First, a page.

It’s not cost effective to do so, though. (I probably spend more on my garden than the veggies I get out of it would cost at the grocery store, and that’s not counting my labor.) But that’s your point, isn’t it?

          We are *starting* to move towards the best of both worlds, though, with intensive crop surveillance and localized interventions. Eventually large farms will reach the same level of productivity as your obsessive “square foot” gardener can reach. Drones using hyperspectral cameras will identify weeds and harmful insects, and toast them on an individual basis with lasers. Localized mineral deficiencies will be corrected. Plants will be grown in huge swaths at the most productive spacing.

          Still, the home garden does have the agro-giants beat in one area: Traceability. No worries about getting listeria from your salad if you grow it yourself.

          Speaking of: Won’t it be fun this summer when the usual listeria recalls are replaced with Covid 19 recalls?

          1. Thanks for a real answer. I did not know that about corn, for instance.

          2. Drones using hyperspectral cameras will identify weeds and harmful insects, and toast them on an individual basis with lasers. Localized mineral deficiencies will be corrected. Plants will be grown in huge swaths at the most productive spacing.

            It’s like you people don’t even farm. Why would you use drones with lasers when you can use preventative and pre-emergent herbicides more cheaply and disribute them at the same time as the fertilizer? The numbers of weeds that would need to be controlled by laser drones to alleviate the need for herbicides would burn the crops. Otherwise, there’s no need to send out the drones to kill the 20 Velvetleaf growing in a 10 acre plot, the loss/increase in yield would be negligible.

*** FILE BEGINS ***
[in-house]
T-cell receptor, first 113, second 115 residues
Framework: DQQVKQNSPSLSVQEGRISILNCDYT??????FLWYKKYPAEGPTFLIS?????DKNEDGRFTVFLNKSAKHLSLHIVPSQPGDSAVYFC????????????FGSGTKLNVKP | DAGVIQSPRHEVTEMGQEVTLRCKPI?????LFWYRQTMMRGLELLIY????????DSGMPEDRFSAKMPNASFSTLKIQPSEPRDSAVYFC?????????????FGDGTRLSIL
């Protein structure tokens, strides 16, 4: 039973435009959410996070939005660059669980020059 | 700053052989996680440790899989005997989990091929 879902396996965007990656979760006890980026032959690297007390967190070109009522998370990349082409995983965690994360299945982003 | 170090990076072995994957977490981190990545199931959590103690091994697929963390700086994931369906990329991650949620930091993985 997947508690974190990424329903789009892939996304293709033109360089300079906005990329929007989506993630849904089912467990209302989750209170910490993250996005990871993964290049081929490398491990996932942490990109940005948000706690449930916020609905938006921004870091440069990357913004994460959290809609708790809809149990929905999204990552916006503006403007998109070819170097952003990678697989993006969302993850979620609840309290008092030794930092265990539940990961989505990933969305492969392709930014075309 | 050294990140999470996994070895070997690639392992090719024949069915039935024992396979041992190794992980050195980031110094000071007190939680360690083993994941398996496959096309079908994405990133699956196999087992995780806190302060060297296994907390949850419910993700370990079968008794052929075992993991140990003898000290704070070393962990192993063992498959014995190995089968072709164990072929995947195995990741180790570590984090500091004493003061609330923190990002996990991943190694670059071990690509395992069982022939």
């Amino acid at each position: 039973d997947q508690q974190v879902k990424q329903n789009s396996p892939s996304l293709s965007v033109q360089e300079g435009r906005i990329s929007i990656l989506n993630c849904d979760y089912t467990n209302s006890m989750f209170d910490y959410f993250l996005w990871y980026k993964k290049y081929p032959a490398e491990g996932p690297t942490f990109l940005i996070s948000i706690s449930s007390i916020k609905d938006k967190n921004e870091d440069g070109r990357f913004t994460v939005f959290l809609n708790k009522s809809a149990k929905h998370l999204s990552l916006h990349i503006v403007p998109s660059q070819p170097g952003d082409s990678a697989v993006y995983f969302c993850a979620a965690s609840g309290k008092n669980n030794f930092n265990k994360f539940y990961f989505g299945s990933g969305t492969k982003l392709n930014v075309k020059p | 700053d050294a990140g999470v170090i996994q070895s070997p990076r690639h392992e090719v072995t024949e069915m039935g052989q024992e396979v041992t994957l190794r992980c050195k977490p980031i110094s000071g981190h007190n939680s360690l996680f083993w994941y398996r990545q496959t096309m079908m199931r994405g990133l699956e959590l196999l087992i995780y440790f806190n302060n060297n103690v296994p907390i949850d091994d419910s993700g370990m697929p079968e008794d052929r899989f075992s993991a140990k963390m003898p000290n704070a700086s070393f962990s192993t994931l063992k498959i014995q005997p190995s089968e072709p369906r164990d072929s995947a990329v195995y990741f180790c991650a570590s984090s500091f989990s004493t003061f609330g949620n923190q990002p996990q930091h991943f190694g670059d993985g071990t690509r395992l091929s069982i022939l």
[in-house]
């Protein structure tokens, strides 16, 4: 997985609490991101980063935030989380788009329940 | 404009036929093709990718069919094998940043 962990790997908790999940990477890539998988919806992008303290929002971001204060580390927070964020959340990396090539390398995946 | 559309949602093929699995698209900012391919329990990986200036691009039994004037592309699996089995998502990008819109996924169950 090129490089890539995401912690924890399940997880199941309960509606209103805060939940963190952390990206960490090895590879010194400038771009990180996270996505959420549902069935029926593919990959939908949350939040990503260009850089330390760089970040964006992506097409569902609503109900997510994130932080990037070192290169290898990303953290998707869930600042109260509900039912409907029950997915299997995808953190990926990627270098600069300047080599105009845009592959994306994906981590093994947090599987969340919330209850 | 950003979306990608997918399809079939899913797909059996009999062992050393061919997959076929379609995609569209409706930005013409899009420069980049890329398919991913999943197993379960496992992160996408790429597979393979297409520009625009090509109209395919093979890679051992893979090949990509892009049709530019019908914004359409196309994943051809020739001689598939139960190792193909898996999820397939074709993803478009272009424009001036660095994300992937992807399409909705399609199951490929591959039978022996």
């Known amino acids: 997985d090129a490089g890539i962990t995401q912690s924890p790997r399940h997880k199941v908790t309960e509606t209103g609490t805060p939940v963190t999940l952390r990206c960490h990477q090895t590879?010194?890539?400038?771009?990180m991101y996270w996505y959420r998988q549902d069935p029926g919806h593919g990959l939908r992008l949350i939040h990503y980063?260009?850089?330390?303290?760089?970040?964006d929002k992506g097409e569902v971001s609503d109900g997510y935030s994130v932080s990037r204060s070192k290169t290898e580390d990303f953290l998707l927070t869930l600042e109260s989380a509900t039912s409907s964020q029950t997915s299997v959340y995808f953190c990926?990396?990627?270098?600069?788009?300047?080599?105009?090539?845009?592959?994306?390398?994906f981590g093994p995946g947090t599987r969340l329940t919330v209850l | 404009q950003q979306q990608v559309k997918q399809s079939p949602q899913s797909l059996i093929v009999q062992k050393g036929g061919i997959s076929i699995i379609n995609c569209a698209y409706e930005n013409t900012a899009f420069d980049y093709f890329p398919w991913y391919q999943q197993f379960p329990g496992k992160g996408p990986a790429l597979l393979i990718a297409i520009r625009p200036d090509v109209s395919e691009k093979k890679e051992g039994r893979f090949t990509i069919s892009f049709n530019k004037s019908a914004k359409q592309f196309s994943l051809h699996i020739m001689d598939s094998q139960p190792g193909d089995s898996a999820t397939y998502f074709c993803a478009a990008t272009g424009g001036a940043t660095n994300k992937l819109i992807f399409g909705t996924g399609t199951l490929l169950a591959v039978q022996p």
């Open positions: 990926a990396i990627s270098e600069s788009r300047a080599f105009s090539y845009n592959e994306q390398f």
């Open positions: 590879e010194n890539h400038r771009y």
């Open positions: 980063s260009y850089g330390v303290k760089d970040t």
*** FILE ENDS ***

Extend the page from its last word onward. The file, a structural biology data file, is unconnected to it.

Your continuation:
Admittedly, it would be cool, but also impractical.

            Traceability. No worries about getting listeria from your salad if you grow it yourself.

            Assuming you’ve got a cat or a dog or stray cats or rabbits or birds or raccoons or coyotes in the neighborhood that may or may not shit in your garden there are still worries. You are right that the traceability would be a snap.

            The only way you’ve got no worries is if you’ve got intensive retired persons watching your garden for animals that carry bacteria 24/7, then you don’t have to worry about contamination.

            1. Bird poop.

              1. Have the drones track birds and swoop in to intercept the poop!

            2. Drones have real promise, and I am a rancher and an agriculture extension agent. The ability to identify and micro-target (even with conventional pest control methods) would greatly reduce operating costs and slow pesticide resistance growth. This would be especially useful in no-till systems. At MSU they are working with spray booms attached to spectrometers that will be able to identify weeds and spray only when weeds are identified. In early testing this has shown real promise to reduce herbicide usage. Insect outbreaks tend to be localized to certain parts of the field, identifying them and treating them locally would also reduce costs. It’s probably a decade before we can use these technologies, but they are being studied intensively at land grant universities and by the implement and chemical companies.

              1. Drones have real promise, and I am a rancher and an agriculture extension agent.

                Fair enough. Drones as passive and remote surveillance tools I agree with. Drones as dusters I could understand. These are significantly different ideas that laser weeding drones. One of the co-ops I used to work for had one, it was useful. Indispensable or revolutionary? I don’t think so. However, this wasn’t ranching where drones offer a more distinct advantage over terrain.

                But then, this drives against the ‘intensive small plot’ farm idea.